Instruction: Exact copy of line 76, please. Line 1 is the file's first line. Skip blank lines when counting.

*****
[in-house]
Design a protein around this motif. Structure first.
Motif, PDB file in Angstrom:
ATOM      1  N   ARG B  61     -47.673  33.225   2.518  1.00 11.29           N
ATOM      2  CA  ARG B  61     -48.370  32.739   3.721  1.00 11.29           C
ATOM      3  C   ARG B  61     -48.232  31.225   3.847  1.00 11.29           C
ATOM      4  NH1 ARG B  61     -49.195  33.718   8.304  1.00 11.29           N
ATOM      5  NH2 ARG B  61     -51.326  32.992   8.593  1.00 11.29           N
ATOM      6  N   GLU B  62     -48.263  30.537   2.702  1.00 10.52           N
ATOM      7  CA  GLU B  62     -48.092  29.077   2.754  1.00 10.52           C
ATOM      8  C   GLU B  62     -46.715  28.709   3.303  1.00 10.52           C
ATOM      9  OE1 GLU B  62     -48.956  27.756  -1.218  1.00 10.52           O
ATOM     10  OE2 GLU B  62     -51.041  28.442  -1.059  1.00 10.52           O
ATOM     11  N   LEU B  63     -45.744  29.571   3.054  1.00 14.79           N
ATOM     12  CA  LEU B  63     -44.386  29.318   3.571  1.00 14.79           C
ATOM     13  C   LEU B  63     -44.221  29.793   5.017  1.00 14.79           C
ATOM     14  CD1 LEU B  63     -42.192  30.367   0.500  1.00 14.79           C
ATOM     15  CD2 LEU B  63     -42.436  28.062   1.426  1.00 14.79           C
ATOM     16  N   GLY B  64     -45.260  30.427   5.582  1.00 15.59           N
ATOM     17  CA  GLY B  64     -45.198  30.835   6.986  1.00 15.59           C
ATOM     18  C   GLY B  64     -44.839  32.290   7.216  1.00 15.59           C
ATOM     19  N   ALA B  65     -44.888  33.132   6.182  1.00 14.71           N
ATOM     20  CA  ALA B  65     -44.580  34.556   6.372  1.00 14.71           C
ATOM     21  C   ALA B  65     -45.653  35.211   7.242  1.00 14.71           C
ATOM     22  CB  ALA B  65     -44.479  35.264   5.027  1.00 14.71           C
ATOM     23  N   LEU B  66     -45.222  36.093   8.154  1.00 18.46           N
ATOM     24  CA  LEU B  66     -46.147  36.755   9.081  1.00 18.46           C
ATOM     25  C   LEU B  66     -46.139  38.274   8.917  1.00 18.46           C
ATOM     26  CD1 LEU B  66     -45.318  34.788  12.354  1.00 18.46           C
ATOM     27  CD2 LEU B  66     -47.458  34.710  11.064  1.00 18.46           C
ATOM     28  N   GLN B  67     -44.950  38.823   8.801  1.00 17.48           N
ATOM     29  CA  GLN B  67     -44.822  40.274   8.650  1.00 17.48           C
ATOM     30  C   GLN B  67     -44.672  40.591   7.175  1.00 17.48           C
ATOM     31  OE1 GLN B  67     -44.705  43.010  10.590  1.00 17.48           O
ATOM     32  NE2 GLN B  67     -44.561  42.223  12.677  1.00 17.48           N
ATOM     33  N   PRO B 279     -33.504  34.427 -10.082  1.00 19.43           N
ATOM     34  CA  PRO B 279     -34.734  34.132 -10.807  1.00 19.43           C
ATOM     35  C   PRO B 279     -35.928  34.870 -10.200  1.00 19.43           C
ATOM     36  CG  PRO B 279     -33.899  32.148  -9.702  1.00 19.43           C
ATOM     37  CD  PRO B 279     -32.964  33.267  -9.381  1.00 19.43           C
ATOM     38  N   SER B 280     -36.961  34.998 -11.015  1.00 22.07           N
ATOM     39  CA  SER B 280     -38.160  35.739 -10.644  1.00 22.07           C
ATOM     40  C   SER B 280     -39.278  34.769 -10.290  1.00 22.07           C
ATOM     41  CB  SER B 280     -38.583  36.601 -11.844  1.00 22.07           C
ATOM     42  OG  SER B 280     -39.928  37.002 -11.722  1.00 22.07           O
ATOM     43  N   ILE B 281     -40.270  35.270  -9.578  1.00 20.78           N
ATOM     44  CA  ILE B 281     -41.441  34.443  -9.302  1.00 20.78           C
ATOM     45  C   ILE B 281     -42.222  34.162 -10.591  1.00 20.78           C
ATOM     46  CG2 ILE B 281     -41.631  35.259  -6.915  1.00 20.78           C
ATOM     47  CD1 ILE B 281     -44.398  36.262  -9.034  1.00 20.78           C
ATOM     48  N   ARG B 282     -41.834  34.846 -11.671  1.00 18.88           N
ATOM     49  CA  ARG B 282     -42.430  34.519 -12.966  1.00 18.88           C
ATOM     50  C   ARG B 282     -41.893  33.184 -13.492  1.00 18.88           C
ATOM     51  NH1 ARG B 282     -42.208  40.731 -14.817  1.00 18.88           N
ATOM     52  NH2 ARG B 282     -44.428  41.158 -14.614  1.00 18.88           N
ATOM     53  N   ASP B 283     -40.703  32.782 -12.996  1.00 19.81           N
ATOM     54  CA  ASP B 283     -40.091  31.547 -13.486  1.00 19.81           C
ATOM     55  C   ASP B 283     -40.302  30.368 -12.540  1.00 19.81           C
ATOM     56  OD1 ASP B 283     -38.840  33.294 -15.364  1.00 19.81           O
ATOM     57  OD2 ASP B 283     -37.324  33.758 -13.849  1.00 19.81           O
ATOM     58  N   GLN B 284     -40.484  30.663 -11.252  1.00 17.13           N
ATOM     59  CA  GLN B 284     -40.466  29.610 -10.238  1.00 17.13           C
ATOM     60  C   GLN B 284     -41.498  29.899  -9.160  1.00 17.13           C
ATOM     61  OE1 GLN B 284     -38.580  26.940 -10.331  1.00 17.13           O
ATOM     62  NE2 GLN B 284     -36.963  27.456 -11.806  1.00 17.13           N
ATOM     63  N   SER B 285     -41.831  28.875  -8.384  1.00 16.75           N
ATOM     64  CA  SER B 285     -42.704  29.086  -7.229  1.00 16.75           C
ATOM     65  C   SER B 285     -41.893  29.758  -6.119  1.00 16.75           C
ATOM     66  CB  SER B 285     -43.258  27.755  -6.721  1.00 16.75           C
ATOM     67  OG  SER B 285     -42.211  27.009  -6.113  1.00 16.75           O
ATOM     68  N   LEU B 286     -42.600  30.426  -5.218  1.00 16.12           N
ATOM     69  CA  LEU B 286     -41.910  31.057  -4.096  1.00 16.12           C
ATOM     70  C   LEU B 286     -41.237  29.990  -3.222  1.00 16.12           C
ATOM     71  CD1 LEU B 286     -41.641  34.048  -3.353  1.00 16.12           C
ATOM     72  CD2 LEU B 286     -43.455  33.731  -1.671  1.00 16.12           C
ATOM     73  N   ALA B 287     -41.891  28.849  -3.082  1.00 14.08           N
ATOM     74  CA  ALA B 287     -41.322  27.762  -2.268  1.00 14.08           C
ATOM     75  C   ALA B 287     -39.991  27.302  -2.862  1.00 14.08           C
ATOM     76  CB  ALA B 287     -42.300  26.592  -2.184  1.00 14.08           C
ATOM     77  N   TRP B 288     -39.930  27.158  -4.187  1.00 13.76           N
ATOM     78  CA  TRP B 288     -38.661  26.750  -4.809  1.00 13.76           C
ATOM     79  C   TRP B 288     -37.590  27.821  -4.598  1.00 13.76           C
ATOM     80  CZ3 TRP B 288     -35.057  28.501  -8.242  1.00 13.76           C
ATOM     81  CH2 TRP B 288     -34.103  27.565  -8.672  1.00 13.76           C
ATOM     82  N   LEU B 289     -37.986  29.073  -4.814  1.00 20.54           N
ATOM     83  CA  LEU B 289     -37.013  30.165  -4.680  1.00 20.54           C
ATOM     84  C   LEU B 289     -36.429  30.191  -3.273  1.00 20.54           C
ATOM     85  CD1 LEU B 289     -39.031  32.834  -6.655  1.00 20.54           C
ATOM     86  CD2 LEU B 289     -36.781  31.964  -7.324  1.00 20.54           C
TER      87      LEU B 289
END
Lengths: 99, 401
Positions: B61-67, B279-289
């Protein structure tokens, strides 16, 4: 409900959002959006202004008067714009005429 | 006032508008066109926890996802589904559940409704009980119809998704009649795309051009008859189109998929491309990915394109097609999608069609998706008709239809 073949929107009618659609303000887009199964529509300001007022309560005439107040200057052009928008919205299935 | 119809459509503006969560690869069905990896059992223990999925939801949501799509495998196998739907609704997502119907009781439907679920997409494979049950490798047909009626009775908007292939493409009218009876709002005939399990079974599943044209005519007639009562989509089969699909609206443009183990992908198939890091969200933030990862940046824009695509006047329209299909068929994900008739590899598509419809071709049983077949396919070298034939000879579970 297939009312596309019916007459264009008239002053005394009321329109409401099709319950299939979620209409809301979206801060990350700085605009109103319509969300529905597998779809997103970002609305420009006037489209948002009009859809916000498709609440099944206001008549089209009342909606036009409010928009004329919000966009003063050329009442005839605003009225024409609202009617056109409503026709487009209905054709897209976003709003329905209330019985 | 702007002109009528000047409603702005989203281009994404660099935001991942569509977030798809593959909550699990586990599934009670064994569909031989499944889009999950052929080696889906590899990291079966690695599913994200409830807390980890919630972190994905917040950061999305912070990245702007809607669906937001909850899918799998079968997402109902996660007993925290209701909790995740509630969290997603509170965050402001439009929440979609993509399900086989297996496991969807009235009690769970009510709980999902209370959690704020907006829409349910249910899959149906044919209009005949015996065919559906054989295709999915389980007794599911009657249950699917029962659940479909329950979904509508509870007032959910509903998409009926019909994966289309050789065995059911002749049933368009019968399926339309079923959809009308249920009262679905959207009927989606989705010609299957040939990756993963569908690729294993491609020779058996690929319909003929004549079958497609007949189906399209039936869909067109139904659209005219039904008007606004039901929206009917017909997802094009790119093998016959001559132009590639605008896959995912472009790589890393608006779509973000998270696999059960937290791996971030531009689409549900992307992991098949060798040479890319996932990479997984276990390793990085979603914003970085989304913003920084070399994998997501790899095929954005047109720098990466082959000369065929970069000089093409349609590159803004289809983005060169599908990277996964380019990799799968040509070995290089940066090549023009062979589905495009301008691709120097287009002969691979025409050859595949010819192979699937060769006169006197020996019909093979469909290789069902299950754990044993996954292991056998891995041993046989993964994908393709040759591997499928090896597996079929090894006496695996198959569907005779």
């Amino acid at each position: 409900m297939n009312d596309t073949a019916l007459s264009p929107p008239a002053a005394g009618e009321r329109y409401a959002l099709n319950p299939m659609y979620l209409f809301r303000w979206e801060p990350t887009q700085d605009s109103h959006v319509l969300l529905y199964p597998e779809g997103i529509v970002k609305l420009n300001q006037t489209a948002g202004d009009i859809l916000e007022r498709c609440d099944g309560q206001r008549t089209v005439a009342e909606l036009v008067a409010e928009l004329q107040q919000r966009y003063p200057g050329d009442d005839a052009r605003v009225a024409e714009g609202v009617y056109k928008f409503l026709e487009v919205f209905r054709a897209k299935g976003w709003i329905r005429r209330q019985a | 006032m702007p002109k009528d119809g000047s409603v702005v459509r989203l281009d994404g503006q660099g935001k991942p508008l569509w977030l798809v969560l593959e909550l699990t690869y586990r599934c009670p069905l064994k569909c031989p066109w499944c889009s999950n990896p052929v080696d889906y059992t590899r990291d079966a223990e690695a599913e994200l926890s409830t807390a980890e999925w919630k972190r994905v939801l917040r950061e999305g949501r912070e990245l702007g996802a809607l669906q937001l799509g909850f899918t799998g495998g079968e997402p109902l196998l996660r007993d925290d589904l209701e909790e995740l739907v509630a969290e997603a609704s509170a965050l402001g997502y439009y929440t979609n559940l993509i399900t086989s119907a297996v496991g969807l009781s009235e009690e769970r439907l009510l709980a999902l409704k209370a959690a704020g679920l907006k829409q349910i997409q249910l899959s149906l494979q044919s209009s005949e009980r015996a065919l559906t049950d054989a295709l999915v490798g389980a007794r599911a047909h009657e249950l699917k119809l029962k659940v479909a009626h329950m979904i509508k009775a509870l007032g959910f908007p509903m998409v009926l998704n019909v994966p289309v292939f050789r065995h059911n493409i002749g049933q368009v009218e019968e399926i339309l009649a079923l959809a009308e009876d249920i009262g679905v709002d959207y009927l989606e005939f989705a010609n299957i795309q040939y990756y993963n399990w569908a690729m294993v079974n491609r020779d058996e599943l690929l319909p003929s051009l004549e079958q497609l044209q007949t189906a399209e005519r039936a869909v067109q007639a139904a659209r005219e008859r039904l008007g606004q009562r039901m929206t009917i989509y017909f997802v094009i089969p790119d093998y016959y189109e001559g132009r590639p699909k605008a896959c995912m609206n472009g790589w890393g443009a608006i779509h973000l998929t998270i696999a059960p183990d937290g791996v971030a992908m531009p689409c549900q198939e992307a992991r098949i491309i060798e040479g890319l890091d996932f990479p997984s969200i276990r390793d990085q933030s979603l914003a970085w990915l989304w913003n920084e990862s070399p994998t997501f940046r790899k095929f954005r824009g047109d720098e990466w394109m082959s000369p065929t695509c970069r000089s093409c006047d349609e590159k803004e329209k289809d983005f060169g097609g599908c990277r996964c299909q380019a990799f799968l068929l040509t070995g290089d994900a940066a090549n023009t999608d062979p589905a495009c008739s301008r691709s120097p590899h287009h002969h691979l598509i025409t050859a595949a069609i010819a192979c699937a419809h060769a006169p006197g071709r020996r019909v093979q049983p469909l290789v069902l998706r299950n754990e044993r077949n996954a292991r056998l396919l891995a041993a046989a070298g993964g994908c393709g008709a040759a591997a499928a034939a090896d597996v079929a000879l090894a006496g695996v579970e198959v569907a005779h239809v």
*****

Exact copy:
ATOM     73  N   ALA B 287     -41.891  28.849  -3.082  1.00 14.08           N